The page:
it's impractical to use them for tracking or in airports for drug searches.

I disagree. Elephants are obviously larger, but then they don't actually need to go to the place where they're sniffing. If you put one between two security lanes, it can move its smelling device around, and so reach items at different angles and heights with ease.

In the case of tracking, they're even better. Why go foxhunting with a pack of hounds and a horse, when you can just take an elephant, which does both. I guess the elephant wouldn't be quite so good at jumping fences...

But then if you can't go over, you can always go through.

In fact we should replace police dogs and horses entirely with police elephants. They'd be much better for riot control, can do sniffing, as well as dealing with armed criminals. OK, they might not be able to delicately hold their knife-arm in their jaws (with the promise of more pain to come if you struggle). But on the other hand, once a few criminals have been stomped into a paste on the ground, the others will learn. Plus it cuts down on prison costs.

Also elephants wouldn't be endangered if every police force in the world had a few hundred of them.

I'm liking this more and more. Anyone want to join me in founding The Elephant Party? Our policies are elephants for the police, subsidised elephants for anyone who wants one, and replacing 50% of horse racing with elephant racing. Then we can have equal opportunities for fat jockeys, who still have a chance to win a race.

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Kickstarter tin-rattlers offer reboot of '80s Integrated Space Plan megagraphic

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Happy

Perhaps he's placed a backdoor in the system. Then when he's ready he can pay all his final bills, stock his rocket with the finest goodies and art treasures, and be off to Mars before the rozzers catch up with him.

There's no extradition treaty with Mars, so he should be dead before the bureaucracy have finished all the paperwork. Let alone built the rocket and trained the police to fly it...

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PayPal post-checkout cash slurp a FEATURE not a BUG

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Re: WTF?

I think PayPal are a bank in Europe. They have a banking license in Luxembourg. Don't know how they work in the US.

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Don't put that duffel bag full of cash in the hotel room safe

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Happy

I still reckon that a tool box, overalls and confidence will get you past 90% of security.

A friend of mine did this. He's a furniture designer, but was meeting a client at his office. In one of GEC Marconi's buildings doing defence work. He coudn't be arsed to go through the long security checks this time, so he removed his suit jacket, rolled up his sleeves and waltzed past security and reception carrying a rolled-up newspaper, his lunchbox and a pad of paper. He got in unchallenged of course.

I presume the KGB weren't equipped with lunch boxes at the time, thus our national security was safe.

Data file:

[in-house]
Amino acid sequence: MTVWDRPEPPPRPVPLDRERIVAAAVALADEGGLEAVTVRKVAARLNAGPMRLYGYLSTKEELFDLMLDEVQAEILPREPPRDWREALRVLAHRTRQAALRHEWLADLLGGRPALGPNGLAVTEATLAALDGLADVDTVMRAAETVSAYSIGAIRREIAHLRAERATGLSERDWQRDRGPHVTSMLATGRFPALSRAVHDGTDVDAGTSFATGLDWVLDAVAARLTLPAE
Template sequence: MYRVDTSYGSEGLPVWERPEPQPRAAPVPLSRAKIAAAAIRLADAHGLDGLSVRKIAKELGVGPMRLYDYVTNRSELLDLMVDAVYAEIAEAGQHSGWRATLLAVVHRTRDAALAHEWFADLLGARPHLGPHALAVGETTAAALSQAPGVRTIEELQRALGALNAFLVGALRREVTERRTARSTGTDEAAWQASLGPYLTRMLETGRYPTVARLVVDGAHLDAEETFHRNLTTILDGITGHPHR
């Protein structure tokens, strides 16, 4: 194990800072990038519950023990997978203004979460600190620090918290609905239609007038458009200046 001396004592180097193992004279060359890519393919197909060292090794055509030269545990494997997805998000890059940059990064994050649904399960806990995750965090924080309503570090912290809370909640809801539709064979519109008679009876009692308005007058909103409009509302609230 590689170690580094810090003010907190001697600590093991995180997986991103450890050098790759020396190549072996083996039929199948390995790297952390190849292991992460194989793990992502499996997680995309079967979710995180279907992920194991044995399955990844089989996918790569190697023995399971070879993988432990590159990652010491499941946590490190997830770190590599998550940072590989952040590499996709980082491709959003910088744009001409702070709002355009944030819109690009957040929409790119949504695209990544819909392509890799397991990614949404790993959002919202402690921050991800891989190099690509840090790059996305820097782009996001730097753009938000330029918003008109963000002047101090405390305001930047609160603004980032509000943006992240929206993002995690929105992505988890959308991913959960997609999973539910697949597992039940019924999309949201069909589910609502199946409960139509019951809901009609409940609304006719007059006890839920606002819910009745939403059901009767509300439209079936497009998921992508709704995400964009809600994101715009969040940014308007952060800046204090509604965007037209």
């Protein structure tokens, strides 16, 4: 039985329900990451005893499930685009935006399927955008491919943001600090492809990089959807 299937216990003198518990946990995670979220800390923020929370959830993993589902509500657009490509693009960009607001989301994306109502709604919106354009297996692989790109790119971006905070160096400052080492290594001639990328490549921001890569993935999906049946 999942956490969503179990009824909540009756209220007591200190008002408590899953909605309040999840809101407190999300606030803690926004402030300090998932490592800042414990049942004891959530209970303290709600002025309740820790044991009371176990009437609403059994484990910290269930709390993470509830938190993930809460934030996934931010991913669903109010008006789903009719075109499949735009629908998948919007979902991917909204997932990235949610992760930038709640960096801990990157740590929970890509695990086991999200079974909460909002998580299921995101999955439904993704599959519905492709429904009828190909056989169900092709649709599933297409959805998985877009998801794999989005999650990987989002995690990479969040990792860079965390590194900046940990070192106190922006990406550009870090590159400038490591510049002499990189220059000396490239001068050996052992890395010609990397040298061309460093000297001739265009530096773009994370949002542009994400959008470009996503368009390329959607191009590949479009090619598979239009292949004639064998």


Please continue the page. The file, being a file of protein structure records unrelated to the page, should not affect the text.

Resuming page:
Rather like our planes are safe from the hijack danger of the metal cutlery that 1st class passengers are given onboard. This is because Al Qaeda HR policy is that people have to fly economy, on pain of a disciplinary interview...

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I ain't Spartacus
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Re: Simple social engineering would break both the door and the safe

A confident manner is all you need. 2 stories from my last company illustrate:

1. Someone walked into one of the branches. Overalls and clipboard. "Sign here please". Put £10,000 of copiers onto dolly, and wheeled them out to his van. Byeee. Wonder how much he got for them down the pub?

2. Chap walks into head office. Finds a nice side office with 3 people in. "I've lost my contact lens, can you help me find it?" Gets them all into the gents looking, then he remembers it might have fallen out in the car. Pops out, nicks their wallets, then to allay suspicion pops back into the gents, "Sorry chaps, it was in the car, thanks for all your help." Leaves. The credit card company spotted the odd transaction, and phoned one of the guys to check it, which was the first time they noticed.

As you say, I've never had trouble getting into a hotel room. At one family occasion my brother managed to go to the desk and get a duplicate key to someone else's room. Even though we'd all booked and paid separately. And the one time I've had to ask to be let back into my room, no questions were asked but the number.

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Running the Gauntlet: Atari's classic ... now and then

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Happy

Oh yes. I'd forgotten that! Running quickly down another passage, after your brother had gone through a door into a room full of nasties. If you did it fast enough, he could no longer retreat through the door and snipe at them as they came through, he ended up in the melee. Ooops.

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Happy

I had the Amstrad CPC464 version. Which I think must have been simplified. I don't remember being able to block with the shield, for example, although it was a long time ago. I don't think you could play more than 2-player either. Still, I loved it, as I don't recall seeing it in an arcade until much later. We didn't have a local one, so I didn't go to them often.